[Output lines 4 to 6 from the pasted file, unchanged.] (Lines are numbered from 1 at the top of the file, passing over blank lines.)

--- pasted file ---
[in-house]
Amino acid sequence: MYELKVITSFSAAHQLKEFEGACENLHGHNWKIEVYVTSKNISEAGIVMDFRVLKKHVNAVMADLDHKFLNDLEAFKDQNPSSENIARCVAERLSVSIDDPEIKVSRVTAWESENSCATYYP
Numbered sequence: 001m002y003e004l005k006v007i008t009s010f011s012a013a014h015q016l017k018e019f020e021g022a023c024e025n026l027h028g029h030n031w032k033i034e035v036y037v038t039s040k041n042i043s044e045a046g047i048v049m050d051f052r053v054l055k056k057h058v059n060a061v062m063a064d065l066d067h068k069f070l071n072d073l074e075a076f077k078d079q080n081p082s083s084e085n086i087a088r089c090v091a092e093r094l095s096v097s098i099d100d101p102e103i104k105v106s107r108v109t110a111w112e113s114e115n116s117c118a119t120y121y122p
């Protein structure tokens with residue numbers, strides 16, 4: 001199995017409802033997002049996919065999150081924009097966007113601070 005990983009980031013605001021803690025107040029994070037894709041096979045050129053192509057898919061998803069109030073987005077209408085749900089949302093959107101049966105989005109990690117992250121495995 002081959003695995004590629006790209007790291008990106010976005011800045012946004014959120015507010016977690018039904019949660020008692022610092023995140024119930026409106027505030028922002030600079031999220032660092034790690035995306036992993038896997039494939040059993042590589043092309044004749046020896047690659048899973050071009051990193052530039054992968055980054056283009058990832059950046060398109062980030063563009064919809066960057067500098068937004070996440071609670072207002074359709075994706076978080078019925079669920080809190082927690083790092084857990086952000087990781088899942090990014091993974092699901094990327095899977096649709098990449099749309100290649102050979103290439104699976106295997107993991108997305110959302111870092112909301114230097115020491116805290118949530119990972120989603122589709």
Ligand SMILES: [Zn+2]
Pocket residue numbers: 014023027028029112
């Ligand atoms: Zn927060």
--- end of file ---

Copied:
């Protein structure tokens with residue numbers, strides 16, 4: 001199995017409802033997002049996919065999150081924009097966007113601070 005990983009980031013605001021803690025107040029994070037894709041096979045050129053192509057898919061998803069109030073987005077209408085749900089949302093959107101049966105989005109990690117992250121495995 002081959003695995004590629006790209007790291008990106010976005011800045012946004014959120015507010016977690018039904019949660020008692022610092023995140024119930026409106027505030028922002030600079031999220032660092034790690035995306036992993038896997039494939040059993042590589043092309044004749046020896047690659048899973050071009051990193052530039054992968055980054056283009058990832059950046060398109062980030063563009064919809066960057067500098068937004070996440071609670072207002074359709075994706076978080078019925079669920080809190082927690083790092084857990086952000087990781088899942090990014091993974092699901094990327095899977096649709098990449099749309100290649102050979103290439104699976106295997107993991108997305110959302111870092112909301114230097115020491116805290118949530119990972120989603122589709």
Ligand SMILES: [Zn+2]
Pocket residue numbers: 014023027028029112